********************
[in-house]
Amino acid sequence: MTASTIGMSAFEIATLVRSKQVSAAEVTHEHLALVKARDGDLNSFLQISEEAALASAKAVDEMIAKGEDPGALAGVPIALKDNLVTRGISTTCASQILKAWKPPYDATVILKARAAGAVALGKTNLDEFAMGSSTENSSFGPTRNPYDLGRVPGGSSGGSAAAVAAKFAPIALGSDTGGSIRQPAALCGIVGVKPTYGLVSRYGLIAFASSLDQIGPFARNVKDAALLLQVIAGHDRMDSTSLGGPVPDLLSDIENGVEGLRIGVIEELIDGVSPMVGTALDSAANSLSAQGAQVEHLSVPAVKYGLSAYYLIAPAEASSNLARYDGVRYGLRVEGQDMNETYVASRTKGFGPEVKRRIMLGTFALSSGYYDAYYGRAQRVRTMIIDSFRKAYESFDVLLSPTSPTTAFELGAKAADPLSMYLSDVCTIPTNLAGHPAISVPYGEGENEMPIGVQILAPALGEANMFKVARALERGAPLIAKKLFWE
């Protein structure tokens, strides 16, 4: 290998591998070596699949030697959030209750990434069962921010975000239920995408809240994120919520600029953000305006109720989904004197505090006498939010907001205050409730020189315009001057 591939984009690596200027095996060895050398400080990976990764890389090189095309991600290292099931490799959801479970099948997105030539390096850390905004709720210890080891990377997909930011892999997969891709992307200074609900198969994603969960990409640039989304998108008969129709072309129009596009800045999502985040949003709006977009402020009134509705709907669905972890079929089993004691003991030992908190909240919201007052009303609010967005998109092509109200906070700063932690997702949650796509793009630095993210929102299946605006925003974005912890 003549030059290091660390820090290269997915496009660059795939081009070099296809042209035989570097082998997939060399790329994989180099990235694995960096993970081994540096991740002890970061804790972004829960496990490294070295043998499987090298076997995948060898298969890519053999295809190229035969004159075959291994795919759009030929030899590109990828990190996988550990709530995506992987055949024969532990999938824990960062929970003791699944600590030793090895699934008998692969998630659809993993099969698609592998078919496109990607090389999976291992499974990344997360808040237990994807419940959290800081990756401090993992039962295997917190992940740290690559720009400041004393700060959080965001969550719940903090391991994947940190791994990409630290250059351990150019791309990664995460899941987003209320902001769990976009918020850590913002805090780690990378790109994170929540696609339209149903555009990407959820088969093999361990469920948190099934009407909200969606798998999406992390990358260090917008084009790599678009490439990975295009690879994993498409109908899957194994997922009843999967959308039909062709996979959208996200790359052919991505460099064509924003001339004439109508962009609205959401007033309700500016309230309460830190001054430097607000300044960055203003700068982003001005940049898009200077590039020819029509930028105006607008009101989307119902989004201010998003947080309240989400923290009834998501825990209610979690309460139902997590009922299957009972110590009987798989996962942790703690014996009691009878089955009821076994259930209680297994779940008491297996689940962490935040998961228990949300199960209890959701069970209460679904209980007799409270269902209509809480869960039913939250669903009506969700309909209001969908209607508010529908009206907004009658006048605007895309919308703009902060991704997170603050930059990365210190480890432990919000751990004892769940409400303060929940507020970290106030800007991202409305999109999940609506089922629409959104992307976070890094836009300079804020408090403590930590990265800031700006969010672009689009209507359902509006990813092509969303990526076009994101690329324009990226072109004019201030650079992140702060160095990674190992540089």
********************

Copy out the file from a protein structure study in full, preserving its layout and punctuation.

[in-house]
Amino acid sequence: MTASTIGMSAFEIATLVRSKQVSAAEVTHEHLALVKARDGDLNSFLQISEEAALASAKAVDEMIAKGEDPGALAGVPIALKDNLVTRGISTTCASQILKAWKPPYDATVILKARAAGAVALGKTNLDEFAMGSSTENSSFGPTRNPYDLGRVPGGSSGGSAAAVAAKFAPIALGSDTGGSIRQPAALCGIVGVKPTYGLVSRYGLIAFASSLDQIGPFARNVKDAALLLQVIAGHDRMDSTSLGGPVPDLLSDIENGVEGLRIGVIEELIDGVSPMVGTALDSAANSLSAQGAQVEHLSVPAVKYGLSAYYLIAPAEASSNLARYDGVRYGLRVEGQDMNETYVASRTKGFGPEVKRRIMLGTFALSSGYYDAYYGRAQRVRTMIIDSFRKAYESFDVLLSPTSPTTAFELGAKAADPLSMYLSDVCTIPTNLAGHPAISVPYGEGENEMPIGVQILAPALGEANMFKVARALERGAPLIAKKLFWE
């Protein structure tokens, strides 16, 4: 290998591998070596699949030697959030209750990434069962921010975000239920995408809240994120919520600029953000305006109720989904004197505090006498939010907001205050409730020189315009001057 591939984009690596200027095996060895050398400080990976990764890389090189095309991600290292099931490799959801479970099948997105030539390096850390905004709720210890080891990377997909930011892999997969891709992307200074609900198969994603969960990409640039989304998108008969129709072309129009596009800045999502985040949003709006977009402020009134509705709907669905972890079929089993004691003991030992908190909240919201007052009303609010967005998109092509109200906070700063932690997702949650796509793009630095993210929102299946605006925003974005912890 003549030059290091660390820090290269997915496009660059795939081009070099296809042209035989570097082998997939060399790329994989180099990235694995960096993970081994540096991740002890970061804790972004829960496990490294070295043998499987090298076997995948060898298969890519053999295809190229035969004159075959291994795919759009030929030899590109990828990190996988550990709530995506992987055949024969532990999938824990960062929970003791699944600590030793090895699934008998692969998630659809993993099969698609592998078919496109990607090389999976291992499974990344997360808040237990994807419940959290800081990756401090993992039962295997917190992940740290690559720009400041004393700060959080965001969550719940903090391991994947940190791994990409630290250059351990150019791309990664995460899941987003209320902001769990976009918020850590913002805090780690990378790109994170929540696609339209149903555009990407959820088969093999361990469920948190099934009407909200969606798998999406992390990358260090917008084009790599678009490439990975295009690879994993498409109908899957194994997922009843999967959308039909062709996979959208996200790359052919991505460099064509924003001339004439109508962009609205959401007033309700500016309230309460830190001054430097607000300044960055203003700068982003001005940049898009200077590039020819029509930028105006607008009101989307119902989004201010998003947080309240989400923290009834998501825990209610979690309460139902997590009922299957009972110590009987798989996962942790703690014996009691009878089955009821076994259930209680297994779940008491297996689940962490935040998961228990949300199960209890959701069970209460679904209980007799409270269902209509809480869960039913939250669903009506969700309909209001969908209607508010529908009206907004009658006048605007895309919308703009902060991704997170603050930059990365210190480890432990919000751990004892769940409400303060929940507020970290106030800007991202409305999109999940609506089922629409959104992307976070890094836009300079804020408090403590930590990265800031700006969010672009689009209507359902509006990813092509969303990526076009994101690329324009990226072109004019201030650079992140702060160095990674190992540089």